Differences in EMC performance are not obvious. The only way to be sure of the quoted performance is to perform some quick tests, conducted and radiated emissions being the two main ones.

 

How We Can Help.

Here at Unit 3 Compliance we can give you some peace of mind that your power supply isn’t going to cause you any issues. Some of the things we do include:

  • Provide full EMC testing for all off the shelf products
  • Electrical safety analysis and testing
  • Help you understand the compromises and
  • We can review test reports and compare to physical samples with an experienced eye
  • Every incoming customer power supply is given a HiPot test as standard to help catch any problems

Please get in touch to reduce your stress levels.

 

Busy, and a Birthday

It has been a very busy few months at Unit 3 Compliance; it feels like the chamber turntable hasn’t stopped spinning. There has been a wide range of products through the door from prosthetics to video wall controllers, from high spec IoT products to motion sensors, from lighting power supplies to RF amplifiers. I really love the variety of work!

I’ve also had some safety assessment work to carry out on which is always interesting. Disassembling mains transformers to measure the creepage distances inside is fascinating, getting out the angle grinder to hack the laminations apart just adds to the fun.

There have also been a fair amount of design reviews and general consulting work in between. To be able to work with customers right at the start of the project is invaluable as it sets them on the right path without having to find problems further down the line.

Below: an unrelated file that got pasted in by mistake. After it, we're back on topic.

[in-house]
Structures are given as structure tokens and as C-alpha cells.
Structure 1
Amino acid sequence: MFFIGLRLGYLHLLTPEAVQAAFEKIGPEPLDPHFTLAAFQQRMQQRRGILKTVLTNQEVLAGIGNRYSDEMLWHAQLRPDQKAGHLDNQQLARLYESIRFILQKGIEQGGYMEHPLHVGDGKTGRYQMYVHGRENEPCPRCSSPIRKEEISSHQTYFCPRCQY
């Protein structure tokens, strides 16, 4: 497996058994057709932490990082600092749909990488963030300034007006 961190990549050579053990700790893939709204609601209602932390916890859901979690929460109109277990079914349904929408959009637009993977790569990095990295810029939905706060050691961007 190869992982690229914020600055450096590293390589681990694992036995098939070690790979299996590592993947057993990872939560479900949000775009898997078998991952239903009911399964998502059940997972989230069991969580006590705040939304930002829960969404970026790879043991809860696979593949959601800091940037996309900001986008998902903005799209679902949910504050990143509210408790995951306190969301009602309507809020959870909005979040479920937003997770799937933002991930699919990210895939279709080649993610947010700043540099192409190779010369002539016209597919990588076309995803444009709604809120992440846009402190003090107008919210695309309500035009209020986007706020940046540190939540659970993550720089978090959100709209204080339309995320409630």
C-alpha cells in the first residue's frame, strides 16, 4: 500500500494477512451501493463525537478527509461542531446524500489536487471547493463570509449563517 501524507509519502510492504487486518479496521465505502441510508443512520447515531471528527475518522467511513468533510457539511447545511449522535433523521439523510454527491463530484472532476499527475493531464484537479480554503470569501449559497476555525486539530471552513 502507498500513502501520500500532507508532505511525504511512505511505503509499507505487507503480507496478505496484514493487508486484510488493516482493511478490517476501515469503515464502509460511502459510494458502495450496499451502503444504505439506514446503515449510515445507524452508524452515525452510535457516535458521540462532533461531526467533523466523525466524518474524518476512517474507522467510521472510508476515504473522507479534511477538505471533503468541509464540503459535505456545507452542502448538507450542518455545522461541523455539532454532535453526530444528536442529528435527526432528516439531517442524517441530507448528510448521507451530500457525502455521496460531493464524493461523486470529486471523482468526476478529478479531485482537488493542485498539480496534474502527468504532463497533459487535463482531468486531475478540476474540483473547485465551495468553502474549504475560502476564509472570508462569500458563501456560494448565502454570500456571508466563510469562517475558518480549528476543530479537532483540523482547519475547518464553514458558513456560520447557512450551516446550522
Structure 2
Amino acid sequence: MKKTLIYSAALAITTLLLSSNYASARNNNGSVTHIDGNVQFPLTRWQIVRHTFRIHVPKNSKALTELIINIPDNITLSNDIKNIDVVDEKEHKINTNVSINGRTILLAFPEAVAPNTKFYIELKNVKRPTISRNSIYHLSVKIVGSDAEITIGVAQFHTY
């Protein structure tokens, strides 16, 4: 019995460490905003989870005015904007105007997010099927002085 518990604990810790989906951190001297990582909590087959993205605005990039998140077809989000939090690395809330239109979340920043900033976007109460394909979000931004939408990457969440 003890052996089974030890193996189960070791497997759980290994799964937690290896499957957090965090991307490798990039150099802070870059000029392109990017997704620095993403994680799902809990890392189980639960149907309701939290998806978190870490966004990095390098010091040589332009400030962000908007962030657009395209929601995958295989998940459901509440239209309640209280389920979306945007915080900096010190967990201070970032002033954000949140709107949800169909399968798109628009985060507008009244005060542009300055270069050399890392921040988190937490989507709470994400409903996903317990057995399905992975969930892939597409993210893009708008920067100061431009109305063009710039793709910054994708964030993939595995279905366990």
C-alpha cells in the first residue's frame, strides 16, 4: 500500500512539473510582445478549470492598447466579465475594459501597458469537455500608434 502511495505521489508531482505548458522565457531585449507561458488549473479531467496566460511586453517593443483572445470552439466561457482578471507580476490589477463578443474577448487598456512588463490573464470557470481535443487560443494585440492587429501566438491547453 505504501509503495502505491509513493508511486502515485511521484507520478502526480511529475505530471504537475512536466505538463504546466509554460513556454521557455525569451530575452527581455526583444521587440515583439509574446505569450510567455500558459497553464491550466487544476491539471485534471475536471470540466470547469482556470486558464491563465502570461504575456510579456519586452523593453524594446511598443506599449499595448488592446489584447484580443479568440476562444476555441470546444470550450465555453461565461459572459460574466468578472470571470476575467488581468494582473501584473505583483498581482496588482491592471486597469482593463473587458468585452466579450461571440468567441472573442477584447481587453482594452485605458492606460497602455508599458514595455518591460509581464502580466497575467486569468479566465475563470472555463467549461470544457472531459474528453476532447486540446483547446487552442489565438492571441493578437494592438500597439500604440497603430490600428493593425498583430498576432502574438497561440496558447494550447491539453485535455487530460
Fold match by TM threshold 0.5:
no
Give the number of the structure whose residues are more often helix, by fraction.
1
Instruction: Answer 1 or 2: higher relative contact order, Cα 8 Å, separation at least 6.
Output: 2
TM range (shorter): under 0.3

I’ve found lots of interesting nuggets of EMC information during this process that I’m looking forward to sharing with you in some future blog posts once I get time to sit down and write them up.

I managed to escape down to Lincoln to speak at the Open Source Hardware User Group oshcamp18 meetup on the subject of EMC testing. The delegates came up with lots of good questions at the end and the audience participation (see below slide) of the talk went down well. Higher! Lower!

play your compliance cards right!

Good to see reconnect with some old contacts and make some new ones. The other talks were very interesting also, lots of good work going on in the open source hardware field at the moment.

Lastly, and it snuck past without me spotting it, Unit 3 Compliance had it’s first birthday. It’s been a whole year since I got the keys to the unit. In that time, and with lots of help, it has gone from this:

the empty unit

Via this:

To this:

And finally this:

 

Here’s to the next 20 years of compliance, I hope to see you on the way.

 

 

Case Study: AC Mains Input EMC and Safety Troubleshooting

Many of the customers I deal with are technically savvy and extremely good at designing innovative and clever devices. I’m always learning something new every time I get a different product through the door. Unfortunately it isn’t practical or possible to be good at everything and EMC expertise, especially when it comes to fault finding and problem solving, can be hard to come by. This is where I come in.